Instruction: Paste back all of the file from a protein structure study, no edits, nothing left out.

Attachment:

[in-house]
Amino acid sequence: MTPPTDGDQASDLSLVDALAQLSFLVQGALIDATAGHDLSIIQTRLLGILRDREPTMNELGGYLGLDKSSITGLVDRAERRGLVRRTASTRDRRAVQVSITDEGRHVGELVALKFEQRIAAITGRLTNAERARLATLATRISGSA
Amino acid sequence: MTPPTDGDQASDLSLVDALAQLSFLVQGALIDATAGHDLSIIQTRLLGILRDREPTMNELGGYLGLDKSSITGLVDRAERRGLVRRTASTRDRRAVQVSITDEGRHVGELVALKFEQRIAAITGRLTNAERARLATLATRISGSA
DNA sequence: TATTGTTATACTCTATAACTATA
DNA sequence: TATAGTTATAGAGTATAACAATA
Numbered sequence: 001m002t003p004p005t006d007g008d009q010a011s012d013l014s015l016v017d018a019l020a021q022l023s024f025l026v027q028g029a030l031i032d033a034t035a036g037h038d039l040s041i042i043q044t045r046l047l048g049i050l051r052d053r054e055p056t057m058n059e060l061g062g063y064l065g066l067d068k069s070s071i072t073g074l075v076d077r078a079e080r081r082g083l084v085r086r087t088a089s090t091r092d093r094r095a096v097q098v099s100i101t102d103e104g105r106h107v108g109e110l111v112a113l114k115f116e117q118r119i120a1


[in-house]
Amino acid sequence: MTPPTDGDQASDLSLVDALAQLSFLVQGALIDATAGHDLSIIQTRLLGILRDREPTMNELGGYLGLDKSSITGLVDRAERRGLVRRTASTRDRRAVQVSITDEGRHVGELVALKFEQRIAAITGRLTNAERARLATLATRISGSA
Amino acid sequence: MTPPTDGDQASDLSLVDALAQLSFLVQGALIDATAGHDLSIIQTRLLGILRDREPTMNELGGYLGLDKSSITGLVDRAERRGLVRRTASTRDRRAVQVSITDEGRHVGELVALKFEQRIAAITGRLTNAERARLATLATRISGSA
DNA sequence: TATTGTTATACTCTATAACTATA
DNA sequence: TATAGTTATAGAGTATAACAATA
Numbered sequence: 001m002t003p004p005t006d007g008d009q010a011s012d013l014s015l016v017d018a019l020a021q022l023s024f025l026v027q028g029a030l031i032d033a034t035a036g037h038d039l040s041i042i043q044t045r046l047l048g049i050l051r052d053r054e055p056t057m058n059e060l061g062g063y064l065g066l067d068k069s070s071i072t073g074l075v076d077r078a079e080r081r082g083l084v085r086r087t088a089s090t091r092d093r094r095a096v097q098v099s100i101t102d103e104g105r106h107v108g109e110l111v112a113l114k115f116e117q118r119i120a1